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MINNEAPOLIS — With just four shapes made out of crude line drawings, Andrea Büttner captures the essence of shame. In one of her woodcuts, Büttner has carved out two hands; an oval signifying a beggar’s lap; and a third shape standing for a veil. “Beggar,” like another woodcut of the same title, portrays a destitute woman asking for a scrap of bread. The woodcuts were inspired by the work of Ernst Barlach, a German sculptor who himself created a series of “Beggar” sculptures. “It’s the only time I’ve seen a work where poverty and shame were brought together in one artwork,” Büttner said of Barlach’s work at a media event for the show.
Büttner likens the gesture that the beggars enact, holding their hands out for charity, to one that an artist makes to the viewer. “It speaks to a certain dependency,” she said. Indeed, no matter the artist’s caliber or reputation, each time artists present their work to the world, they are basically holding out a piece of themselves and opening it up to critique.
At the Walker Art Center, in her first solo exhibition in the United States, the German artist presents her work for us to see, comment, and judge. Curated by the Walker’s Fionn Meade, the exhibit offers a selection of images Büttner created for an illustrated edition of Immanuel Kant’s Critique of the Power of Judgement, as well as a body of new work. Throughout the exhibit, Büttner reflects on the hierarchies of “high” and “low” in art, and the vulnerability of an artist sharing her work.
Büttner further explores the concept of shame in her various uses of moss: an abstract sculpture made of gypsum approximates the feeling and texture of moss; a collection of stereoscopic slides created by Harold and Patricia Whitehouse includes 3D close-ups of different moss varieties; and a slab of limestone is host to live, growing moss.
Moss has the unfortunate distinction of being considered, historically at least, one of the “lower plants,” which are also called cryptogams, translated from the Greek “kryptos” (hidden) and “gameein” (to marry), because of their hidden sexuality. Cryptogams reproduce in a secret way, through spores, rather than flowers, so botanists of old put them lower down on the plant hierarchy.
Büttner’s live moss sculpture looks out of place atop the pristine white floor. Out of the shadows, it presents itself in all its glory, defying its “lower plant” status. Shining the spotlight on the beauty of moss, celebrating its formlessness, queerness, and preference for dark and secret places, Büttner not only questions moss’s status as an inferior species, but the practice of creating hierarchies at all.
In Kant’s Critique of the Power of Judgement, the philosopher breaks down aesthetics into a series of rational, systematic arguments. Kant argues that recognizing beauty, for example, is an objective, rather than subjective, act, not to be confused with recognizing the sublime, the good, or the agreeable. “This text is often considered to be very rational, logical, and providing a world view that makes the argument for an always understandable world,” said Meade.
To illustrate Kant’s text, Büttner researched images from Kant’s own private library. He had a huge selection of travel books, for example (though he famously never travelled), plus books on architecture and other encyclopedic indexes of the world. When images from Kant’s own collection weren’t available, Büttner used images from her own life to complement the philosopher’s words. We see photos of the artist’s friends, nature photography, as well as other images mined from Kant’s time, such as wallpaper from 1790. The result sometimes mirrors the randomness of an internet image search, with a mix of professional and amateur-looking images.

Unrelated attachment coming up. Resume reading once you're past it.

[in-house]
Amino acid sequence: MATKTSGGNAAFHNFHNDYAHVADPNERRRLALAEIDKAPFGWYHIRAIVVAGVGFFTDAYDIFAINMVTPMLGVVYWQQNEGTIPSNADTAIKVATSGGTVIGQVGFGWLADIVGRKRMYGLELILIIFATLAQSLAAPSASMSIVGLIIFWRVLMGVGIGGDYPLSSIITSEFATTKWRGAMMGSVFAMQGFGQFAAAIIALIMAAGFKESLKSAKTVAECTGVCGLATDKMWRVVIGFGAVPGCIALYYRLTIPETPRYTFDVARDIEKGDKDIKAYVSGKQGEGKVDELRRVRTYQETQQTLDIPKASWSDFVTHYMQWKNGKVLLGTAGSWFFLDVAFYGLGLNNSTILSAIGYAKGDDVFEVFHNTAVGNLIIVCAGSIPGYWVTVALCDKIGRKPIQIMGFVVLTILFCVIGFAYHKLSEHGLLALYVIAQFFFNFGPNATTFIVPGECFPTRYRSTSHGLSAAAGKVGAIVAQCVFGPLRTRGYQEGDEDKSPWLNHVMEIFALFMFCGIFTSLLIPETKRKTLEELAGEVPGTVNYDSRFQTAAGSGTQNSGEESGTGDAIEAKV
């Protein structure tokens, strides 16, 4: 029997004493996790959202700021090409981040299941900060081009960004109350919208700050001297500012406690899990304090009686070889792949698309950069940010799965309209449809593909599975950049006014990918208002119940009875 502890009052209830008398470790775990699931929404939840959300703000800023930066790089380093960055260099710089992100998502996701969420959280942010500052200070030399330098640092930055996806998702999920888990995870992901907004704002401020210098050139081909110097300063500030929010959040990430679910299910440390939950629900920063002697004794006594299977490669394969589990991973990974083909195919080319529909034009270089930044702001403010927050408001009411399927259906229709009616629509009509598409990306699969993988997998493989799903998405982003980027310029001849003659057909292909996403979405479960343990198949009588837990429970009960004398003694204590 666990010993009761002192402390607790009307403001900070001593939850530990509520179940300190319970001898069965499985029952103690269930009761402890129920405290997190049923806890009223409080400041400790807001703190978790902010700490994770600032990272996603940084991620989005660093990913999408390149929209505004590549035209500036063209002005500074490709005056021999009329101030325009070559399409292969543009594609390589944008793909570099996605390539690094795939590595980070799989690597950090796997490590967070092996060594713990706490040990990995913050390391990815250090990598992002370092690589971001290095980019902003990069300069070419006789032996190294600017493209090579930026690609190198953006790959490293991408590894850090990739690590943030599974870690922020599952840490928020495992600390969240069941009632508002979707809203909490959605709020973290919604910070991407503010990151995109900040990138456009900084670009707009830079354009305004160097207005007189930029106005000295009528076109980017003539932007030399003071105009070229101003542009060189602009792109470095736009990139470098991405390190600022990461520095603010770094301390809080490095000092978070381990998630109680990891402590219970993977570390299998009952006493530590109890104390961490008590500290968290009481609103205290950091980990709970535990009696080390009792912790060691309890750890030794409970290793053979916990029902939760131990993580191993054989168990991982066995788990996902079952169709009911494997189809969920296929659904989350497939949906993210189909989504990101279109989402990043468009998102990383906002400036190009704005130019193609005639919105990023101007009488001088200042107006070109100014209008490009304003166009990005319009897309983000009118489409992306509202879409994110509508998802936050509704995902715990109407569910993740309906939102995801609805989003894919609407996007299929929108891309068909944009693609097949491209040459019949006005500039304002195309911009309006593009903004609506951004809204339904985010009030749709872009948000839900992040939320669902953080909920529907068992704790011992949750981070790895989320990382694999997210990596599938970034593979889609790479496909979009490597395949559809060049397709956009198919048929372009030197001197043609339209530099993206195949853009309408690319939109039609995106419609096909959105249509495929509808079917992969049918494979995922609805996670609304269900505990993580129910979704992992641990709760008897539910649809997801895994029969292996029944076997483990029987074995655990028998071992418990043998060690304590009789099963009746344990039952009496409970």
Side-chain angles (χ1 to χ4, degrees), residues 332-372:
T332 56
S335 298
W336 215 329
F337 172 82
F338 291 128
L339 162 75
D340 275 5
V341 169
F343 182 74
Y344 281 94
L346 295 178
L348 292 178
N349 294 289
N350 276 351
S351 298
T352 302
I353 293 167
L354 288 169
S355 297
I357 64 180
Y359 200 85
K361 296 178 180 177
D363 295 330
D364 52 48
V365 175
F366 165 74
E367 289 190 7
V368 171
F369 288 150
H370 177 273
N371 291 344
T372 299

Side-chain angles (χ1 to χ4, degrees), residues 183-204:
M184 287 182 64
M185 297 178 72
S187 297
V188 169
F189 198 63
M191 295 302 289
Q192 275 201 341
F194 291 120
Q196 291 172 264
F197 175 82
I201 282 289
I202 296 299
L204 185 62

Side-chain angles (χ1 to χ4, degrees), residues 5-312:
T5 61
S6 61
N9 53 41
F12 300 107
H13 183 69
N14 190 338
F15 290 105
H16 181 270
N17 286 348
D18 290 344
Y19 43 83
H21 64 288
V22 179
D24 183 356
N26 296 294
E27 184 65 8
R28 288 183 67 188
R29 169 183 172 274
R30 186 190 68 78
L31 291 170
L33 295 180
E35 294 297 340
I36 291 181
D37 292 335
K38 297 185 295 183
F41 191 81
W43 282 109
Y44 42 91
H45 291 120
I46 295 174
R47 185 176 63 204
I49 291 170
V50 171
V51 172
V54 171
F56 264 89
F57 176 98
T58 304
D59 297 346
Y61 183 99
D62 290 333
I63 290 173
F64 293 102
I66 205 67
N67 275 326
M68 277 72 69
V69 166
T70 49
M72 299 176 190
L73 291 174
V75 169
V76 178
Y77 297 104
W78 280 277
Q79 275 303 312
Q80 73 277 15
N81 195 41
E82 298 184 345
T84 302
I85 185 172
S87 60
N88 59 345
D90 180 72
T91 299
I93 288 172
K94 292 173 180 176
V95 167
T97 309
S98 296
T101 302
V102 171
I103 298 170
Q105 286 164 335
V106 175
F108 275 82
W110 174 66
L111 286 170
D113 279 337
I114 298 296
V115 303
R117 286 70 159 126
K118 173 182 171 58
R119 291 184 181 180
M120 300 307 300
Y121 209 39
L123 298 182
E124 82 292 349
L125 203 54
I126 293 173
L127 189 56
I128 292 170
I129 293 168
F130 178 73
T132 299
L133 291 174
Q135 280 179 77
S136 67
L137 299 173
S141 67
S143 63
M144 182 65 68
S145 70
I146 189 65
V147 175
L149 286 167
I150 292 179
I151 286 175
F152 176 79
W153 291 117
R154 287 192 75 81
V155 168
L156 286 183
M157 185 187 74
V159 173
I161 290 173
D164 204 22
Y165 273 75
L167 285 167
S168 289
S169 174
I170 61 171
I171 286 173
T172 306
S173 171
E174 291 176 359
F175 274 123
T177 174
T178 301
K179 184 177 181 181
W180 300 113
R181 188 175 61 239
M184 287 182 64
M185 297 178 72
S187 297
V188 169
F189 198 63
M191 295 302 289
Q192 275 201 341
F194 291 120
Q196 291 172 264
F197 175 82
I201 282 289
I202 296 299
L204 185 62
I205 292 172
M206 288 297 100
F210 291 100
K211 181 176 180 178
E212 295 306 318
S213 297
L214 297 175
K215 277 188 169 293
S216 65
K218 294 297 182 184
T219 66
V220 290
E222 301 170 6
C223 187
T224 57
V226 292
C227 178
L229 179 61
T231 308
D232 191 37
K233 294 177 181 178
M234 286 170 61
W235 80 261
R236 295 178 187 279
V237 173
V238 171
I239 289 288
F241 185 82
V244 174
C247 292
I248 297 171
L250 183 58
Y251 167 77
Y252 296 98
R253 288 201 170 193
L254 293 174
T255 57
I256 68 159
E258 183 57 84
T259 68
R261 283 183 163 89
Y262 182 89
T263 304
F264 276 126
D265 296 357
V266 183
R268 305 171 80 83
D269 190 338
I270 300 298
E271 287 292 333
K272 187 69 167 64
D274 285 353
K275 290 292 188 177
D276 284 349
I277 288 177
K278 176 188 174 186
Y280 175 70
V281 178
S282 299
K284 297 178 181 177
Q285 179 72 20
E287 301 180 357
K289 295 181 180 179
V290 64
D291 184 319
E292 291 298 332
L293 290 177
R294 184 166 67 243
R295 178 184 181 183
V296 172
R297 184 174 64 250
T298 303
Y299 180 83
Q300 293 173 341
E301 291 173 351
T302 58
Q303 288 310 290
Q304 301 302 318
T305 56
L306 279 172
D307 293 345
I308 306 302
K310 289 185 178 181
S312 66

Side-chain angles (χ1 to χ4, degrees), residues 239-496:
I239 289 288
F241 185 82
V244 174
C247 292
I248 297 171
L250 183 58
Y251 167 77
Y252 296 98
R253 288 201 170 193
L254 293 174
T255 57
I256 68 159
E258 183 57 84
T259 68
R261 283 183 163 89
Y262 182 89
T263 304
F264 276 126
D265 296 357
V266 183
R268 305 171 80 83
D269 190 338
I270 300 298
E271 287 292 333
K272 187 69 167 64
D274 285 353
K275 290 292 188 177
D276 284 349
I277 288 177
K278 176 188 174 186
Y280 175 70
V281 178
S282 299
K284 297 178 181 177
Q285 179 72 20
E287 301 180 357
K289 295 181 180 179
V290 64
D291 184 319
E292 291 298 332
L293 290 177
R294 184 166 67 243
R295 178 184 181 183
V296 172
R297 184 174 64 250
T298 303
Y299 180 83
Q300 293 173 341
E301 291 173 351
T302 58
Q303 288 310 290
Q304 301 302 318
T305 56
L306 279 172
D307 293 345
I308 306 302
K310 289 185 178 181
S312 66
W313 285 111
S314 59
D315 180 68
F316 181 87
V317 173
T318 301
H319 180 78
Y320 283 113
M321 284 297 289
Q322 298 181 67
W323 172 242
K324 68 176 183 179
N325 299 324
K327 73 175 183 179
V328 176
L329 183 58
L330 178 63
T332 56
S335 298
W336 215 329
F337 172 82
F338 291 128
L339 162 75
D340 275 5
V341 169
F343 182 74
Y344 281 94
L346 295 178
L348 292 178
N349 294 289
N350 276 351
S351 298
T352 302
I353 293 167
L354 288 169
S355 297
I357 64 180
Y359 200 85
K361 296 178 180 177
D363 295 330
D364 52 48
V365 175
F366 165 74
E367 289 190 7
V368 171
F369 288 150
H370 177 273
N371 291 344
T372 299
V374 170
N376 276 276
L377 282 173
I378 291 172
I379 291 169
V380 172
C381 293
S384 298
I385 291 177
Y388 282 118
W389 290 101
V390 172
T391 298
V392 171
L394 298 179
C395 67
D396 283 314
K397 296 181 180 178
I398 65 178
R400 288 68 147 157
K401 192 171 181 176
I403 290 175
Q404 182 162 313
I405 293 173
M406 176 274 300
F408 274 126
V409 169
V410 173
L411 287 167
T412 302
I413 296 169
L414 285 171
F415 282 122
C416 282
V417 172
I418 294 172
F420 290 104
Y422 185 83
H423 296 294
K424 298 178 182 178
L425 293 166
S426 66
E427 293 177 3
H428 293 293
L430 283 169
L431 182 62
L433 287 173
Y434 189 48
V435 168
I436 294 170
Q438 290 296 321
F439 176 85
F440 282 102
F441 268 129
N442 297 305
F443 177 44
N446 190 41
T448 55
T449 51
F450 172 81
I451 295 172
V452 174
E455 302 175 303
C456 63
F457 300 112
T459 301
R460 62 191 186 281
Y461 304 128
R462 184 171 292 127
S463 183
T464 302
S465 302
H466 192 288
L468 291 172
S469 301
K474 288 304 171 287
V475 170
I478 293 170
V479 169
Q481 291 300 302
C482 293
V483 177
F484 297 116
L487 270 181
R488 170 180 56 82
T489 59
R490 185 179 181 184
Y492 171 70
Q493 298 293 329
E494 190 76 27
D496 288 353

Unlike Büttner’s illustrated edition of Kant’s Critique of the Power of Judgement, the installation at the Walker of lithograph prints doesn’t have the accompanying text to provide the context for what the images are illustrating. Instead, we are left with only Büttner’s interpretations of Kant’s thoughts, gathered as a kind of collaboration between his stock of library images and her own, playfully challenging Kant’s presumed authority. “Andrea looked at the visual references in the book in ways that opened back up the subjectivity in Kant’s own way of looking,” Meade said.
Büttner also illustrates Kant’s need to put the entire world into definable categories, in line with the Enlightenment’s obsession with encyclopedic classification. “There was the sense that you could understand the world without having travelled to a particular part of it,” Meade explained.
That desire for power gained through global knowledge has some resonance in today’s internet-fueled world, where every corner of the earth, culture, plant species, and even planet are accessible on our computers, devices, and phones. Büttner’s three “Phone Etching” pieces seem to reference that need to understand and access the world’s vastness at one’s fingertips. The works were created from Büttner’s smartphone, where the oils from her fingers created a kind of painting that she then transferred onto an etching. She explains that when she “found” what she was looking for on her phone, the painting was complete.
Again, Büttner questions the authority, particularly of those in the “developed” world, to access anything and everything one’s heart desires. As in other aspects of the exhibit, the artist asks the viewer to be aware of how privilege and power inform our ways of seeing, and judging, the world.
Andrea Büttner continues at the Walker Art Center (1750 Hennepin Ave, Minneapolis) through April 10.
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